NMR calculations on oxidized lumiflavin using density functional theory (DFT) reveal that methods including electron correlation show significant improvements in the flavin carbon and nitrogen NMR shieldings over uncorrelated Hartree-Fock (HF) results. In particular, the GIAO B3PW91//B3PW91 cc-pVTZ NMR shielding of the important N5 reactive center shows an improvement of 60.7 ppm over GIAO HF//B3PW91 cc-pVTZ, bringing it to within 6.1 ppm of the solvent-corrected experimental value. While the N5 center becomes dramatically shielded upon going from HF to correlated NMR shieldings, with the exception of C10a, all other NMR resonances are systematically deshielded. The nitrogens N1, N3, and N10 become deshielded by 23-26 ppm, and carbons become deshielded by an average of 5.2 ppm, bringing them into better agreement with experiment. Similar results are obtained with the significantly smaller 6-311G(d,p) basis set. The effects of electron correlation through the flavin geometry are also evident. The geometries calculated by B3LYP, B3PW91, and MP2 correlated methods using the 6-311G(d,p) basis lead to systematic NMR deshielding for all flavin heavy atoms in comparison with those obtained at the HF geometry. On average, the flavin nitrogens become deshielded by more than 10 ppm and carbons by almost 4 ppm. Similar changes, but of smaller magnitude, are observed for the NMR shieldings of fully reduced flavin, indicating that electron correlation is less important in that flavin state. The magnitude of the dramatic NMR shielding increase of several electrophilic centers upon flavin reduction is well captured by DFT methods. In particularly, the GIAO B3PW91/ cc-pVTZ N5 NMR shielding difference between oxidized and reduced flavin is 299.6 ppm, which compares well to the solvent-corrected experimental shielding difference of 299.1 ppm. The N5 center is also remarkable for its large decrease in shielding, by 33.4 ppm (98.0 ppm deshielding of σ11), upon protonation of the oxidized flavin at N1, a process which activates N5 for electrophilic attack.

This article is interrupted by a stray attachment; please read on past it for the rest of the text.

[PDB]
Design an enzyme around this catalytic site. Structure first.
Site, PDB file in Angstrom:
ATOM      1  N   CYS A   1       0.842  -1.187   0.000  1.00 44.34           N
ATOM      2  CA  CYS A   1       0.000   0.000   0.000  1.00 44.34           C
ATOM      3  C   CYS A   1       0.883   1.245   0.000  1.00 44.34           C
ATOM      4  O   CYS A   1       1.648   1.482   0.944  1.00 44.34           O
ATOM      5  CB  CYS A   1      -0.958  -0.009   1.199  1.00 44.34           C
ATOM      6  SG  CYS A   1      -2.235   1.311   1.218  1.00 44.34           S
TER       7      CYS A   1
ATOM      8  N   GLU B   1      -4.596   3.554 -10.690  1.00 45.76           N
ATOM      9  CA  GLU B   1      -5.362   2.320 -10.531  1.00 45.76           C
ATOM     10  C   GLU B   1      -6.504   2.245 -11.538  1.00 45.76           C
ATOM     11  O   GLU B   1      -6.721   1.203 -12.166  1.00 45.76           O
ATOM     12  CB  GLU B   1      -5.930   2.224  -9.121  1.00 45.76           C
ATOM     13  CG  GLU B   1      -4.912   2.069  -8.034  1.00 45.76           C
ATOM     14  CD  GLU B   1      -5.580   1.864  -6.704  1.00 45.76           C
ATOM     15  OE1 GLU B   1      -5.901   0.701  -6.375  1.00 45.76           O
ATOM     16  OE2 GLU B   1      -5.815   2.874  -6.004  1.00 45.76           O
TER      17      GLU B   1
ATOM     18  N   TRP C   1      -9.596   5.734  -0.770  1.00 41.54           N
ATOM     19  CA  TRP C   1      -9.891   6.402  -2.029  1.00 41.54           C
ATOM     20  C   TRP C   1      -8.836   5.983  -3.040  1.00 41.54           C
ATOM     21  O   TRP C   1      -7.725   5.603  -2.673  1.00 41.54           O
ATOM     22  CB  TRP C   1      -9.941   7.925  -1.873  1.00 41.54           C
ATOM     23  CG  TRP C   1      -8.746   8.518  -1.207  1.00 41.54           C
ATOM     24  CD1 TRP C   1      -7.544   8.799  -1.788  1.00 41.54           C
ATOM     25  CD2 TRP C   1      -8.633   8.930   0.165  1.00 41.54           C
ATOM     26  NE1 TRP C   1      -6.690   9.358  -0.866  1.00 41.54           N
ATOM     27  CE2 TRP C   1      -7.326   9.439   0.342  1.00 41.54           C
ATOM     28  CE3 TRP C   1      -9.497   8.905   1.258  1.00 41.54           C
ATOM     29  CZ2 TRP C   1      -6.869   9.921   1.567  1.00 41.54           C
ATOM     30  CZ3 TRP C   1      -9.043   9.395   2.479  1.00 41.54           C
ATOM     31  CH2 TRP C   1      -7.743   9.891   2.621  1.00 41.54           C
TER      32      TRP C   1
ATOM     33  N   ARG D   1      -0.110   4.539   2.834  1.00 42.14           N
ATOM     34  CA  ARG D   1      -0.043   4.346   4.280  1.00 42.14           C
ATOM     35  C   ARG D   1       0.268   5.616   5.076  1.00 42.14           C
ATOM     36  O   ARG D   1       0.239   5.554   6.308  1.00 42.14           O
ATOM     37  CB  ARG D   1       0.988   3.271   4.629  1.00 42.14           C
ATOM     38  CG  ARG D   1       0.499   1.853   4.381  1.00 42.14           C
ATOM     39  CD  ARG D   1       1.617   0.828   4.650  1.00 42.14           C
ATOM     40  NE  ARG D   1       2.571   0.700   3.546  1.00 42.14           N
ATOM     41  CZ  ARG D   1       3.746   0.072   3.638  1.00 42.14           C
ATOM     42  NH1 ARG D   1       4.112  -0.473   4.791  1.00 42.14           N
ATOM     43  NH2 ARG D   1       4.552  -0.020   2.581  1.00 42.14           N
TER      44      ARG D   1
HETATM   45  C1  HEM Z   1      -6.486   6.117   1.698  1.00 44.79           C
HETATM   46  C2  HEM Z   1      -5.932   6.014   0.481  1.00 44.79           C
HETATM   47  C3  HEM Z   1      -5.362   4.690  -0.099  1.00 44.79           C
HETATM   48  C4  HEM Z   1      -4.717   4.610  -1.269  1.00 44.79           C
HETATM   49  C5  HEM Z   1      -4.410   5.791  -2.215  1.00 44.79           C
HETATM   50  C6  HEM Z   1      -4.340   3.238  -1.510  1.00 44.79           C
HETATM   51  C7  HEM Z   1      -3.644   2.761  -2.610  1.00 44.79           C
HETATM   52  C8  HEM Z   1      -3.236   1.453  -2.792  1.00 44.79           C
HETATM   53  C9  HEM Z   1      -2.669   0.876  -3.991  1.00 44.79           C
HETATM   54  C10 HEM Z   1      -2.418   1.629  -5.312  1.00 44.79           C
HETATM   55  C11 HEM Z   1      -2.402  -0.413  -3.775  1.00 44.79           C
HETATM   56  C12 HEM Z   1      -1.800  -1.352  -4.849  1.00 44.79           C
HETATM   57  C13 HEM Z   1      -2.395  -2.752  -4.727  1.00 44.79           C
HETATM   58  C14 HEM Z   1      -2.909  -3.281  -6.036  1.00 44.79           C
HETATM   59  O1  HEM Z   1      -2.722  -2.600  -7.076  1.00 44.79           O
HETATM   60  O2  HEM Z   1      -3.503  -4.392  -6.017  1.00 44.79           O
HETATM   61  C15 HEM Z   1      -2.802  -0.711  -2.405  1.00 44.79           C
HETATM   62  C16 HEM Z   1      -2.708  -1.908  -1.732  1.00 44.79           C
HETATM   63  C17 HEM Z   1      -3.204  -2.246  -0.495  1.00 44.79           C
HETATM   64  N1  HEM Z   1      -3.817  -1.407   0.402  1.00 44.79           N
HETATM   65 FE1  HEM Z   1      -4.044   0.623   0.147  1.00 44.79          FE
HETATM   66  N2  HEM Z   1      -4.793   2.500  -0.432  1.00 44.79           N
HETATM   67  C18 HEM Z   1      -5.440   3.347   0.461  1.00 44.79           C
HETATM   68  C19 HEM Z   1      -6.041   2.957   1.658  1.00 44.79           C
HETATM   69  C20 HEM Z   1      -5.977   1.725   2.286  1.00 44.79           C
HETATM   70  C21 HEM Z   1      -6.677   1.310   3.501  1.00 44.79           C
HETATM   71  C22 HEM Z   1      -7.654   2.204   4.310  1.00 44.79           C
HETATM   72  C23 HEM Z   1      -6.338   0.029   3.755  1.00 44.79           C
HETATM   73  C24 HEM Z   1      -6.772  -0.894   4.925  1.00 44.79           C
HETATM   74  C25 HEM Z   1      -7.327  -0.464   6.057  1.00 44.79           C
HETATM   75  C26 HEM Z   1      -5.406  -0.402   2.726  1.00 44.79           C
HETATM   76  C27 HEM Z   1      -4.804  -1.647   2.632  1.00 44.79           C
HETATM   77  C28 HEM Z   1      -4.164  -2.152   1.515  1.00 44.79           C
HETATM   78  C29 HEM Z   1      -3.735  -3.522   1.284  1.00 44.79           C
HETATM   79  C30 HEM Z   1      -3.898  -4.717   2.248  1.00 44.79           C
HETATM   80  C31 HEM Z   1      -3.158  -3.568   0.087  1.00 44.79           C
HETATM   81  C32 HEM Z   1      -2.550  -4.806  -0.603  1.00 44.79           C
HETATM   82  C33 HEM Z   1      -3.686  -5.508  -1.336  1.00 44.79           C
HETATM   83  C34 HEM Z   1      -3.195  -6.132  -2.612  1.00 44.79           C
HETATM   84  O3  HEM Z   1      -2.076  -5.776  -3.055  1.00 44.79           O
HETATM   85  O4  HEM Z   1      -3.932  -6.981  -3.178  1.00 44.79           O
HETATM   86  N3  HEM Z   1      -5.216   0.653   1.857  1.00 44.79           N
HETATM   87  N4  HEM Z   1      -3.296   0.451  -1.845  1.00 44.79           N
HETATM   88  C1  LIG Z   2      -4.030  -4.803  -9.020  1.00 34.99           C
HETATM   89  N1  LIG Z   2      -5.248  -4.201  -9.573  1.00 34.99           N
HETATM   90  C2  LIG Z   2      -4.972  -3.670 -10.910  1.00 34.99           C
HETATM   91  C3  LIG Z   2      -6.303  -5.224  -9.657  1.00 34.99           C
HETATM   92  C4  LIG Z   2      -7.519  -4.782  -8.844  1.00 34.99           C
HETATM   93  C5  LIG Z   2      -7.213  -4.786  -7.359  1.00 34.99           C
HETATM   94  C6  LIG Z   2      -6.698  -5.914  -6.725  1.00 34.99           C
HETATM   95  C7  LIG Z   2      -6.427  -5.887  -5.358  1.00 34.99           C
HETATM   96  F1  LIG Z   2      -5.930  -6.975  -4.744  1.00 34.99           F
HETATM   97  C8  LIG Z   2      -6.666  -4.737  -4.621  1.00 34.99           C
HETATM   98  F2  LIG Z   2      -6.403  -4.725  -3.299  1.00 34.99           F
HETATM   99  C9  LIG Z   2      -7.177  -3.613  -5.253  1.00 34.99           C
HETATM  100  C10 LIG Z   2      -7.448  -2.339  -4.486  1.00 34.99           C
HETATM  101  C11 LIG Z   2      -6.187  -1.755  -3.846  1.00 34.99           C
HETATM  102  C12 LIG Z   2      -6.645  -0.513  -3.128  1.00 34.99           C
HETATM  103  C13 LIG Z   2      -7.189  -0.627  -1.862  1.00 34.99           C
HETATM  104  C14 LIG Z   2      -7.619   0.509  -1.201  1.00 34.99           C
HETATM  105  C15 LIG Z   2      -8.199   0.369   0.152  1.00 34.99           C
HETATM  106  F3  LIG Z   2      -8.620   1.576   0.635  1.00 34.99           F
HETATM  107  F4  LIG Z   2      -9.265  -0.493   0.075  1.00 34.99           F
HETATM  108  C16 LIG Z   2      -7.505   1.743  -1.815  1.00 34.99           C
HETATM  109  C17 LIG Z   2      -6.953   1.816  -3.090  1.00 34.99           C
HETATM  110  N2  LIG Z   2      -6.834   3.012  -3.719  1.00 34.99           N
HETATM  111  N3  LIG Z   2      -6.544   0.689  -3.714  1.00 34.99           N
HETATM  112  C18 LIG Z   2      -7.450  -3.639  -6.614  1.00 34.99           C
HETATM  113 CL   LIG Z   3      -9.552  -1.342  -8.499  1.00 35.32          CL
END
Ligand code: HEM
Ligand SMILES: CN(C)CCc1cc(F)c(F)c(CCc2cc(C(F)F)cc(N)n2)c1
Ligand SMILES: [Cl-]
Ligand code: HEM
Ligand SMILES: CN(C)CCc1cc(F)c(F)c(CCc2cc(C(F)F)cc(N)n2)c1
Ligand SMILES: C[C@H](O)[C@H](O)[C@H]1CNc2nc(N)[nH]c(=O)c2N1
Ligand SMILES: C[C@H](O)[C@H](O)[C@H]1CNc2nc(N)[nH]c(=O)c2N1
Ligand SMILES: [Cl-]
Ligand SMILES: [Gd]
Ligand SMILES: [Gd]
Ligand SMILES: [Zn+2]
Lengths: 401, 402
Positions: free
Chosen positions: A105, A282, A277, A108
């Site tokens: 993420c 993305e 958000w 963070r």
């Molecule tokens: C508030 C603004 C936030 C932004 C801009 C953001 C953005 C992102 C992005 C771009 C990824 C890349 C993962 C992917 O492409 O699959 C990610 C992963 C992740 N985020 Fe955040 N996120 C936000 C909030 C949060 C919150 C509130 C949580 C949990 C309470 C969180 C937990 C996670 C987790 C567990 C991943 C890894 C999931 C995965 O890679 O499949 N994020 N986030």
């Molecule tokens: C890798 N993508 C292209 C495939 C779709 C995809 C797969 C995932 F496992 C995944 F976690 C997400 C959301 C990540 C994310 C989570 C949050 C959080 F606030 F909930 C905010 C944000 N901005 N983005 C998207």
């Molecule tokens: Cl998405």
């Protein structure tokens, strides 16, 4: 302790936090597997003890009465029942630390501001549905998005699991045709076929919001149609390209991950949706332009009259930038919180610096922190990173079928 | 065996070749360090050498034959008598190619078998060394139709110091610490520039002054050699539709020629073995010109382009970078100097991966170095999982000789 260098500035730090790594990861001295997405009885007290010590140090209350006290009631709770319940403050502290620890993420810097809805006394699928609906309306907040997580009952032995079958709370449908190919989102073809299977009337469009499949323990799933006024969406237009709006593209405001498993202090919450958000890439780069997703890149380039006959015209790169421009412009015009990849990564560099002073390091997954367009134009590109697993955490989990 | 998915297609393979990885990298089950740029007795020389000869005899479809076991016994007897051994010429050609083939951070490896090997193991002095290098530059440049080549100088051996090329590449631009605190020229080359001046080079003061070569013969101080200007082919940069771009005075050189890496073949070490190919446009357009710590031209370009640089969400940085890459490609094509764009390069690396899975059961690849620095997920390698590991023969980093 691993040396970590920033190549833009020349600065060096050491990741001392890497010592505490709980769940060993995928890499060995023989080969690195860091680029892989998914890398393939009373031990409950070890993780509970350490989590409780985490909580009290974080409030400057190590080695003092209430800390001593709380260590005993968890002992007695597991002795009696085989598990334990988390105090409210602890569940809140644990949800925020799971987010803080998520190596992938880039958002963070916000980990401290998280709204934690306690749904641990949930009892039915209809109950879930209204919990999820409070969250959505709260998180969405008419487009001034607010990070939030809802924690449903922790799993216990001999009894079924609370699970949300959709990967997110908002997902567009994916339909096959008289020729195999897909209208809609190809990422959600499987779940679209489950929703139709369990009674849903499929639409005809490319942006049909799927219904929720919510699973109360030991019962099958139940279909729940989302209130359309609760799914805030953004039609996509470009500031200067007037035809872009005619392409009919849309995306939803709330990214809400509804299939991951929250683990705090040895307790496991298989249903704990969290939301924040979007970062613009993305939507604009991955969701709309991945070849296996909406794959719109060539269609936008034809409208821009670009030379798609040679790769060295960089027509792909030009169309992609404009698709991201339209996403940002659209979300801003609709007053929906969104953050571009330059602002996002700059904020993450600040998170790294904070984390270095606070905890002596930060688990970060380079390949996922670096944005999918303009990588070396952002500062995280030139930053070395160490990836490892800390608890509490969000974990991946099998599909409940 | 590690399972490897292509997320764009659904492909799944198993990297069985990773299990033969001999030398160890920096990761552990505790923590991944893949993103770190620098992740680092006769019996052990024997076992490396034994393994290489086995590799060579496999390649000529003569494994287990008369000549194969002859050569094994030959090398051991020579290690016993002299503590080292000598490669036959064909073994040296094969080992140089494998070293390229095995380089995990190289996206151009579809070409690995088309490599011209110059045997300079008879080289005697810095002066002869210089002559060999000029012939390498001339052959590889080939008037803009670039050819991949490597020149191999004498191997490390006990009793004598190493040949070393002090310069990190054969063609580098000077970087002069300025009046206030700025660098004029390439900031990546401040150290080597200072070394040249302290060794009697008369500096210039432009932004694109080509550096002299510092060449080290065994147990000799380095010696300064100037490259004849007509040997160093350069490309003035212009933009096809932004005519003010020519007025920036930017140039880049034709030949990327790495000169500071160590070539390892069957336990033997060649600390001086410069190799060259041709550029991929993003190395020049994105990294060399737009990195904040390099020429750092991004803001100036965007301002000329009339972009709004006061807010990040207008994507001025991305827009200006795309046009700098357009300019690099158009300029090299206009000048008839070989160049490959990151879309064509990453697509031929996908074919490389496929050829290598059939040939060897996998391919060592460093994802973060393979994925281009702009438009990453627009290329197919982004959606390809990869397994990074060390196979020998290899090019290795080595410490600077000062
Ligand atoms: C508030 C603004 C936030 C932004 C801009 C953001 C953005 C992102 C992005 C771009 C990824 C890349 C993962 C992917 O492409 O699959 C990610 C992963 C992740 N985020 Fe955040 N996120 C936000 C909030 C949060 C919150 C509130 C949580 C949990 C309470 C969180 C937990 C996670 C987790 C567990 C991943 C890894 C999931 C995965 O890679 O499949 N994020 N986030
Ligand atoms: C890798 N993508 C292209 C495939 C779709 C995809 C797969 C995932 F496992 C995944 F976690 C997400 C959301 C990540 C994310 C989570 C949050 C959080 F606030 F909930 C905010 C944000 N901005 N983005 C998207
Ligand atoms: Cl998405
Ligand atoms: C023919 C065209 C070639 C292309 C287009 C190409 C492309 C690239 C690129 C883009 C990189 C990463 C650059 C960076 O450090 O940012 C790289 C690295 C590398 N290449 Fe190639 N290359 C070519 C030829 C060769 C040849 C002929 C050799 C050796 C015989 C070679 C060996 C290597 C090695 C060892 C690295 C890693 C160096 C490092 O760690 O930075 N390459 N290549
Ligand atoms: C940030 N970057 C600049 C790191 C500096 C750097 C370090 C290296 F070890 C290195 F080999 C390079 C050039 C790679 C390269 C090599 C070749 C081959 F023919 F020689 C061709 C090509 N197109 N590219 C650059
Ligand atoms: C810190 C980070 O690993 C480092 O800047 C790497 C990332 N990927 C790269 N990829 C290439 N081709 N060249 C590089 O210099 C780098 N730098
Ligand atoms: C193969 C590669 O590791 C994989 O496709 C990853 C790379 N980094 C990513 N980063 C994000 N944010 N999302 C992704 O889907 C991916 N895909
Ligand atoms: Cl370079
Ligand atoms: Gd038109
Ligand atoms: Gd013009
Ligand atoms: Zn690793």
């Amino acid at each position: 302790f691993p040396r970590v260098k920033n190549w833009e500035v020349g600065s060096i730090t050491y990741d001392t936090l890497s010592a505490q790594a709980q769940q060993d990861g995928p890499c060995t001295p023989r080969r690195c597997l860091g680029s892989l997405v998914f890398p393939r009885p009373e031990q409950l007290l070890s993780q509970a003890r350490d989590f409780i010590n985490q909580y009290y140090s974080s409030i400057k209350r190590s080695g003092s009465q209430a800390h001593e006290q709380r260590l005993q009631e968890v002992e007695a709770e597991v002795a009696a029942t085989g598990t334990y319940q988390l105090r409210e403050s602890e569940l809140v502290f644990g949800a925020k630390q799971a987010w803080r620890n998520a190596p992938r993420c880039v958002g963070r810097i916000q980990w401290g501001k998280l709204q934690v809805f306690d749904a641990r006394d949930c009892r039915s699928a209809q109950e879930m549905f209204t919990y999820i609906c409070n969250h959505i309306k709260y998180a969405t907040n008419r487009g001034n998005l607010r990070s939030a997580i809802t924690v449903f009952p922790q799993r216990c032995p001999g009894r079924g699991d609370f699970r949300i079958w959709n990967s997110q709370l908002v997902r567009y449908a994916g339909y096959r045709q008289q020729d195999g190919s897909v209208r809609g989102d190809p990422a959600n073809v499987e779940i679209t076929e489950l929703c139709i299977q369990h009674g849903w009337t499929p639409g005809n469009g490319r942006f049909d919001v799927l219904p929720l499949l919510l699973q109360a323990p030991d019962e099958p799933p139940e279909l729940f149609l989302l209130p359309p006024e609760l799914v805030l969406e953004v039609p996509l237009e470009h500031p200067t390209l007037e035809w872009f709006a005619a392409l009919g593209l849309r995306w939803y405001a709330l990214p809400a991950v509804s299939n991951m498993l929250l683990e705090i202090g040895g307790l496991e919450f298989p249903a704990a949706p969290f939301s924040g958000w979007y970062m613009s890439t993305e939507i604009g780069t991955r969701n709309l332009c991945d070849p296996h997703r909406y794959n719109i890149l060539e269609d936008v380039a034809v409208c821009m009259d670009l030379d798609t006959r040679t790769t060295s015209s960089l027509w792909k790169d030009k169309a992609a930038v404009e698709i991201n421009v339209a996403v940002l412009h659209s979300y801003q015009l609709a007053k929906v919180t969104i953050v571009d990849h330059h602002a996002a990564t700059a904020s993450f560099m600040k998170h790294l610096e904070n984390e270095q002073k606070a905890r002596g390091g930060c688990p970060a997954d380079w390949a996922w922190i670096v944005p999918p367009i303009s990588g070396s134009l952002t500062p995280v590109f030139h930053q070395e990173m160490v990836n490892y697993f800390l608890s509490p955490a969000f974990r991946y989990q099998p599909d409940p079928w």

|Number of pages||10|
|Journal||Journal of Physical Chemistry B|
|State||Published - Jan 23 2003|
ASJC Scopus subject areas
- Physical and Theoretical Chemistry
- Surfaces, Coatings and Films
- Materials Chemistry